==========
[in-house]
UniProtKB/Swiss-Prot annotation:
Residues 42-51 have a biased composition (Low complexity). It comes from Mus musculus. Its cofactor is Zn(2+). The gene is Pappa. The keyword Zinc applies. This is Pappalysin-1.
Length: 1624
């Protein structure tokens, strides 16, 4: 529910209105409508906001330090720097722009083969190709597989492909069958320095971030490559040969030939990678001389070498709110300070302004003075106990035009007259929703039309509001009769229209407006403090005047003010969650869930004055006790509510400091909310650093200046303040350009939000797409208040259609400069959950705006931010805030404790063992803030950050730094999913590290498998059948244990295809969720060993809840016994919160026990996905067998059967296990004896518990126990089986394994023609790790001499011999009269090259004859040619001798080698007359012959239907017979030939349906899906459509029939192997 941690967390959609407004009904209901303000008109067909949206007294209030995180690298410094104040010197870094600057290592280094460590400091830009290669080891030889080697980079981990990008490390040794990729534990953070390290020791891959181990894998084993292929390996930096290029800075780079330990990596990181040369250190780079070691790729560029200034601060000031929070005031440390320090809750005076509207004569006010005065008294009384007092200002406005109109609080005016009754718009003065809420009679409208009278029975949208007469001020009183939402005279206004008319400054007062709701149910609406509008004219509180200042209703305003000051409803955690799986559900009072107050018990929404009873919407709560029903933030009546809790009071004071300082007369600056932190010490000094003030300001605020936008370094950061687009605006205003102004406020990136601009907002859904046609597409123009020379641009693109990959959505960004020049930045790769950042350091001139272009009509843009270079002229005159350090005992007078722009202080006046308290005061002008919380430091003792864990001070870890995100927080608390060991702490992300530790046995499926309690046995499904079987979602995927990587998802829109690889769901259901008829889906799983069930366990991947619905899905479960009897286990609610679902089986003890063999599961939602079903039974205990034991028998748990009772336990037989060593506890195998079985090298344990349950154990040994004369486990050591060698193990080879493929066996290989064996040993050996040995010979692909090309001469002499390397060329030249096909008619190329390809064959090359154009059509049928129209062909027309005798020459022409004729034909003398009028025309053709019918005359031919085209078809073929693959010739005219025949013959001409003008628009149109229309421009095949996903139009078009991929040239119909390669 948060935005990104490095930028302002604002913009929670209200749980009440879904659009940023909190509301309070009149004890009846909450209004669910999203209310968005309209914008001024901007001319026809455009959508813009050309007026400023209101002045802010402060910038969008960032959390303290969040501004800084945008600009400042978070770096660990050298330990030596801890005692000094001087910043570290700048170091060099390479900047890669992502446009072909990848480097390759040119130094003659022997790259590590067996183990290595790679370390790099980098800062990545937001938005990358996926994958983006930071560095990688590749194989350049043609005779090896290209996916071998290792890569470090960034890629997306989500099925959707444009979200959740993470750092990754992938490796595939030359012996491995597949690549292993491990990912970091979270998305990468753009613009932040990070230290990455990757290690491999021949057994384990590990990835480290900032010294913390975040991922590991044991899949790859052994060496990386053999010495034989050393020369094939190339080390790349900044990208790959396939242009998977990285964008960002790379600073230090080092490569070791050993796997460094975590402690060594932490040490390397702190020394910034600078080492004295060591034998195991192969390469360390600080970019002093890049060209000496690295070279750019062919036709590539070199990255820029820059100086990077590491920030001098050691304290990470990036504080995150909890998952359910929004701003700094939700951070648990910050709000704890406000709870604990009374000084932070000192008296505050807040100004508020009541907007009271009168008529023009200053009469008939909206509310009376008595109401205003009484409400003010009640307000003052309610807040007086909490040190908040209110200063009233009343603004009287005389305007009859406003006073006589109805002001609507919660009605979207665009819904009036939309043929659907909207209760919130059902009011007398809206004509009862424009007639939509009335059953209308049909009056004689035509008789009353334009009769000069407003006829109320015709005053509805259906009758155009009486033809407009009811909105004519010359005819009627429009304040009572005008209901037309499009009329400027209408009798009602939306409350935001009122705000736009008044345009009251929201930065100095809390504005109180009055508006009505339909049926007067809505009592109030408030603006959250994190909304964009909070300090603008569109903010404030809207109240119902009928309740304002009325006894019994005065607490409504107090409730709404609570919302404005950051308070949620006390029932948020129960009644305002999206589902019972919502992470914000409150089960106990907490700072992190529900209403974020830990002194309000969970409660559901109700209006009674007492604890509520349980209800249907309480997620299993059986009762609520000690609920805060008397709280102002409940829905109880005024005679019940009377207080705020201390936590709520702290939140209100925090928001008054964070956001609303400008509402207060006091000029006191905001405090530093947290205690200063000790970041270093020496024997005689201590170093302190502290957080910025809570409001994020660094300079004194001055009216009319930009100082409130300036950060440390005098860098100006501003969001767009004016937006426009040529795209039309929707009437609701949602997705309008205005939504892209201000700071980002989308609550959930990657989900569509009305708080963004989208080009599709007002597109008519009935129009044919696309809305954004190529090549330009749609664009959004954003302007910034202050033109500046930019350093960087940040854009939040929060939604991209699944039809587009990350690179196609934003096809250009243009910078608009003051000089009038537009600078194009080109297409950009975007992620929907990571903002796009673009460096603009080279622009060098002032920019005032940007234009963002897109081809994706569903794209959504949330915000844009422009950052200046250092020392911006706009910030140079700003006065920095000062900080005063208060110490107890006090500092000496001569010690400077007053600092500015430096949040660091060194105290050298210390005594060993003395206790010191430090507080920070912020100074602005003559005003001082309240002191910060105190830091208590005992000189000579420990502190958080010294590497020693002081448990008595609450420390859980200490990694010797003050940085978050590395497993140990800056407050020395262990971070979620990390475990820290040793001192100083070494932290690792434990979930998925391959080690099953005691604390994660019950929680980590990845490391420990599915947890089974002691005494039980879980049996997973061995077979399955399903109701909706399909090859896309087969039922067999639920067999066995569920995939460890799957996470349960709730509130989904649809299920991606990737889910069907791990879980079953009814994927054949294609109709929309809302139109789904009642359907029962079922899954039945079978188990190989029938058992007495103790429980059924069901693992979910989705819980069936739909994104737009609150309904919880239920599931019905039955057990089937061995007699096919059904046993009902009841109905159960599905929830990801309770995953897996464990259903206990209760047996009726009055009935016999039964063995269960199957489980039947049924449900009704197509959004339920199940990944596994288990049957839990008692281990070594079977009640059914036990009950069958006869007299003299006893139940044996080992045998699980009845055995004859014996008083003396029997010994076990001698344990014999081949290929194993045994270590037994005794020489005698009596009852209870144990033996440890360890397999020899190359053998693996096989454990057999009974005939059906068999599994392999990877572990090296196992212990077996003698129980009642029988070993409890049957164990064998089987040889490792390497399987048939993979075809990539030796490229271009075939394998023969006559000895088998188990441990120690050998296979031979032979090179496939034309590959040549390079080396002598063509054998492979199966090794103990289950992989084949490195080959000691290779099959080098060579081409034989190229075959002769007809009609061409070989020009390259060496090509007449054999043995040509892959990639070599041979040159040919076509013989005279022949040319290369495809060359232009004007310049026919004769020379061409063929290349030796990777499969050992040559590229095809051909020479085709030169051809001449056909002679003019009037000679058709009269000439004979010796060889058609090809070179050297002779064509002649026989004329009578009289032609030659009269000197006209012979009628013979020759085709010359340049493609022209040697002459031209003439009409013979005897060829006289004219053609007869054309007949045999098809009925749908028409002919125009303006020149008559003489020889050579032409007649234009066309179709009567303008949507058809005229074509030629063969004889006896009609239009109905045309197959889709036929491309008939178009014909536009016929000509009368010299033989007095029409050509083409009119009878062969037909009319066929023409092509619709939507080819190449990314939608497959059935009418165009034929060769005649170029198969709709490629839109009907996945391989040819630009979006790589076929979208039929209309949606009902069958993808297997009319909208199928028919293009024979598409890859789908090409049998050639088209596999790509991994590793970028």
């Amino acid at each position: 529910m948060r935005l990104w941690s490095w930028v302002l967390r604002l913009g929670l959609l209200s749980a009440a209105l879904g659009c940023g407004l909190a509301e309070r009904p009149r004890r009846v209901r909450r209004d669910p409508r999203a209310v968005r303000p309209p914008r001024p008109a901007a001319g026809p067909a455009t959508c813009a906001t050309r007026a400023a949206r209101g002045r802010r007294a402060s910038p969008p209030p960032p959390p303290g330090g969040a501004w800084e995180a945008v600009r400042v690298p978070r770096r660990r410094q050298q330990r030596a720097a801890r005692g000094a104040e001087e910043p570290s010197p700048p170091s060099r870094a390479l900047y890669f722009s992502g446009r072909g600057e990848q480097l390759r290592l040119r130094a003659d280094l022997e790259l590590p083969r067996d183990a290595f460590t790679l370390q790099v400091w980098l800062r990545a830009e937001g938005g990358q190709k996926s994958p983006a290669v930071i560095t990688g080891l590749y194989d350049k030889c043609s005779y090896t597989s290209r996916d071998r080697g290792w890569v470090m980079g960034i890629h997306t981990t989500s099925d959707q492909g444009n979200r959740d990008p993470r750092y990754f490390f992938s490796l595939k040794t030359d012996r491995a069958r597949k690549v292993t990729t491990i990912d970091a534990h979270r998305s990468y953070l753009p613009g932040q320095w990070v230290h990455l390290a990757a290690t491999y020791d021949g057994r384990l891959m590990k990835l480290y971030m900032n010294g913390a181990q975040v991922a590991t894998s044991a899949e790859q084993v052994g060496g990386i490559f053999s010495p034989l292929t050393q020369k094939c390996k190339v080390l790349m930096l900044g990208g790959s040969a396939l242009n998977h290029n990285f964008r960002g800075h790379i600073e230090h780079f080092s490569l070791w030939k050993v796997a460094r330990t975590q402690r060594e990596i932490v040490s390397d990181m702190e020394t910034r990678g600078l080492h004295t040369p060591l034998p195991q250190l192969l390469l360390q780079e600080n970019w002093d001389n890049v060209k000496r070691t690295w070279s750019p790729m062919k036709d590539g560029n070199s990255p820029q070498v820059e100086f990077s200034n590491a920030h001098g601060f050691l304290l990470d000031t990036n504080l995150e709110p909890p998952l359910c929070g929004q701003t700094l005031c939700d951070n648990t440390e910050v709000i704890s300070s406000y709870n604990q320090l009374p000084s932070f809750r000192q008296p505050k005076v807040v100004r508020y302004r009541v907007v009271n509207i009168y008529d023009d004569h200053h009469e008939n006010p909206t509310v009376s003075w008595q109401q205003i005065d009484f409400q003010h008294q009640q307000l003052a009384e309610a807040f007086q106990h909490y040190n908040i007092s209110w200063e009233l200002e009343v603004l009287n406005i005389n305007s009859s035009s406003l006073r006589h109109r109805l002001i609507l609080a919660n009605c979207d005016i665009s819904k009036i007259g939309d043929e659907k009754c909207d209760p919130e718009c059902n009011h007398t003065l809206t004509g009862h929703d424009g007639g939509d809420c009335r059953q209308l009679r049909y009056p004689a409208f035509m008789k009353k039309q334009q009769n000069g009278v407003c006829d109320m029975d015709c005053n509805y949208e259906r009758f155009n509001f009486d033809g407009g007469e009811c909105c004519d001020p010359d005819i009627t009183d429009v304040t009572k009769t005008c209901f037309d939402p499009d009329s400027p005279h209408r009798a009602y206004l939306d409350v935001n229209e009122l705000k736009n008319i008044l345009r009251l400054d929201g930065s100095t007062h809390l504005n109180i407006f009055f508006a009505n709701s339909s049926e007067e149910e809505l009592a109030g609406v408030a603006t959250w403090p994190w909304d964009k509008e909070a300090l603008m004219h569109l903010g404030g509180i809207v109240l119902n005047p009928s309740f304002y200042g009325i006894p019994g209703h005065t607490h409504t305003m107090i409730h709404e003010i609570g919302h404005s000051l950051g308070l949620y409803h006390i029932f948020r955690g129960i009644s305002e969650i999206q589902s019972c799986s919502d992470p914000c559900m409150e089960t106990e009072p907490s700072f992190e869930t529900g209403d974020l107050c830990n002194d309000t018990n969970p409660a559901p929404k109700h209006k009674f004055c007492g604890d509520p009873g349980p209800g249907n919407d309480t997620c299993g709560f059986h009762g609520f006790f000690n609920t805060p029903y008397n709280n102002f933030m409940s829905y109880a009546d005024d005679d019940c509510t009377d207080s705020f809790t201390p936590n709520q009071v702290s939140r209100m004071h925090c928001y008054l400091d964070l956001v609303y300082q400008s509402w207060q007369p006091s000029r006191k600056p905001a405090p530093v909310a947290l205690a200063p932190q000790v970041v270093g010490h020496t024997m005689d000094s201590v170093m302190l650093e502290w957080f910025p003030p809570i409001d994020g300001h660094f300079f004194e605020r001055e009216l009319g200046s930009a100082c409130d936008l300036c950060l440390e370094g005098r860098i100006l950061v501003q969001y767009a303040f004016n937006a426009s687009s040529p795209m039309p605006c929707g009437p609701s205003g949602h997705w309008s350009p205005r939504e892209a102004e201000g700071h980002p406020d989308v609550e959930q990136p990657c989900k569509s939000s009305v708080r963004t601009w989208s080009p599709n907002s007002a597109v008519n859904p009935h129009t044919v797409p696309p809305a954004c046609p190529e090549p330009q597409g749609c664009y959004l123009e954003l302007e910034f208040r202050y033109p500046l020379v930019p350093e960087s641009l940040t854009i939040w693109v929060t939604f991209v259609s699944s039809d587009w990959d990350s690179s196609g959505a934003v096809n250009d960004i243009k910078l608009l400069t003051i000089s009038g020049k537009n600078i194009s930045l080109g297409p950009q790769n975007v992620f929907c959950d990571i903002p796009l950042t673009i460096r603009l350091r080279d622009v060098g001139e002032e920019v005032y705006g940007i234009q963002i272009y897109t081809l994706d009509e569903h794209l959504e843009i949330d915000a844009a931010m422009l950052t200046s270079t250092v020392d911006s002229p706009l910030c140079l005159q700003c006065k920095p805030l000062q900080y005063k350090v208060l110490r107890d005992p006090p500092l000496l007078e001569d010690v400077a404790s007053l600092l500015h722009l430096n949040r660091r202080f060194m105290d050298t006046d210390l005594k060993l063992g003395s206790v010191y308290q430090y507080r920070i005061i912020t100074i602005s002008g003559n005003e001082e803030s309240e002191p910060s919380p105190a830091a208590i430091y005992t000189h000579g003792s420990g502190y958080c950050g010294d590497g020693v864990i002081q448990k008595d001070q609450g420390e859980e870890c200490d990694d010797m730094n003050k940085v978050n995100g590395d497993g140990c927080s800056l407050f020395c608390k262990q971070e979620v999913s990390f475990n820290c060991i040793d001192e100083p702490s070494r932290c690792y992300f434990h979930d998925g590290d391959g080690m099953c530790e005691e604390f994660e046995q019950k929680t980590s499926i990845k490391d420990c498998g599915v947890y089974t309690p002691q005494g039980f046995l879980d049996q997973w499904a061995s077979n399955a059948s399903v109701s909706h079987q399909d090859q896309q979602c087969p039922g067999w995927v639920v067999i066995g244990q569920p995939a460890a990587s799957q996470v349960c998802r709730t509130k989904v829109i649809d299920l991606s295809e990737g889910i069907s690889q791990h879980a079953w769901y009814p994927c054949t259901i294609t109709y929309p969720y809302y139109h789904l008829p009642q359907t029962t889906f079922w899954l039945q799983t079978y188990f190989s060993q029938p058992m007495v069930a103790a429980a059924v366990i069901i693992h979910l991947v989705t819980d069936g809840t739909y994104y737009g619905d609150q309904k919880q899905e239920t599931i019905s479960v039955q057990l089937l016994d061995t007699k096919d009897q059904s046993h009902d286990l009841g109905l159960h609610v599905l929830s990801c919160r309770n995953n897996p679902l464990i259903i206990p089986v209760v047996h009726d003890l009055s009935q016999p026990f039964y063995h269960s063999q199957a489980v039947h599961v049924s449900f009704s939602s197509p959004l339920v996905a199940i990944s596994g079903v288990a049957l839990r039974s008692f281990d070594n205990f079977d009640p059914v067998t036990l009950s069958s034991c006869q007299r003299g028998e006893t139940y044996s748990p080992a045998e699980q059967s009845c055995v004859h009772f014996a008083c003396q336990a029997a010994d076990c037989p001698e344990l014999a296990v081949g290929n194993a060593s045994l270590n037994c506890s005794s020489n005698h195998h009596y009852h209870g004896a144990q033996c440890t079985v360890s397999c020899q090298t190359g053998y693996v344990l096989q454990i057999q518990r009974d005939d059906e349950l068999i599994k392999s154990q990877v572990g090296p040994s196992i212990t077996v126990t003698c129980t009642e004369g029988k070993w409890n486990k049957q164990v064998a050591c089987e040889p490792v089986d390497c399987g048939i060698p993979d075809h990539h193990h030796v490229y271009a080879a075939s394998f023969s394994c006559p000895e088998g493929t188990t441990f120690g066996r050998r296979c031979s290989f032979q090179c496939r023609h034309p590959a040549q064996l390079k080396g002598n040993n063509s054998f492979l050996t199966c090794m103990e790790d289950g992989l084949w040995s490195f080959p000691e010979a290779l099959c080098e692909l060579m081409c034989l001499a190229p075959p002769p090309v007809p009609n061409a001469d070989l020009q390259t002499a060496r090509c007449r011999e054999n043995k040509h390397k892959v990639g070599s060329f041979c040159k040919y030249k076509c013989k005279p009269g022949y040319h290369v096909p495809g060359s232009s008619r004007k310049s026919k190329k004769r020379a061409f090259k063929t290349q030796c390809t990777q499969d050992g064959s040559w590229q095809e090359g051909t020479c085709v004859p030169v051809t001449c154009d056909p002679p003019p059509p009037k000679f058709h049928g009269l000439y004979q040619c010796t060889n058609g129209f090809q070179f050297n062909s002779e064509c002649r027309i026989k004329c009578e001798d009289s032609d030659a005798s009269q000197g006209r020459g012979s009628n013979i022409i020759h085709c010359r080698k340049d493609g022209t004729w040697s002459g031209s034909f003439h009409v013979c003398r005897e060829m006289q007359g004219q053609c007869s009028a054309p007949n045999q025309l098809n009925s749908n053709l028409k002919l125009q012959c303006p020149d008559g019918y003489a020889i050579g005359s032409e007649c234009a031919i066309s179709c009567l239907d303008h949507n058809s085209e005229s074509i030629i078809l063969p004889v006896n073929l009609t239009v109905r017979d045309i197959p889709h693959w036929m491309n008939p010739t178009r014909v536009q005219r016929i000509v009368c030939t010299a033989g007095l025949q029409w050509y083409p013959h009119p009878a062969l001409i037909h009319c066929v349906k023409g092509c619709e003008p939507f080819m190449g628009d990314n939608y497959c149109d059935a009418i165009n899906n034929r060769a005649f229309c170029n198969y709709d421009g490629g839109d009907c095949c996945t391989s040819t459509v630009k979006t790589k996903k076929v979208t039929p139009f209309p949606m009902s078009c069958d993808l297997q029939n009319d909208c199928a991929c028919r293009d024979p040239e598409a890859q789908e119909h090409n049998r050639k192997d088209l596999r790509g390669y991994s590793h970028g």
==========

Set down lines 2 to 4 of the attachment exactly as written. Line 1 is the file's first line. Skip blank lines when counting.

UniProtKB/Swiss-Prot annotation:
Residues 42-51 have a biased composition (Low complexity). It comes from Mus musculus. Its cofactor is Zn(2+). The gene is Pappa. The keyword Zinc applies. This is Pappalysin-1.
Length: 1624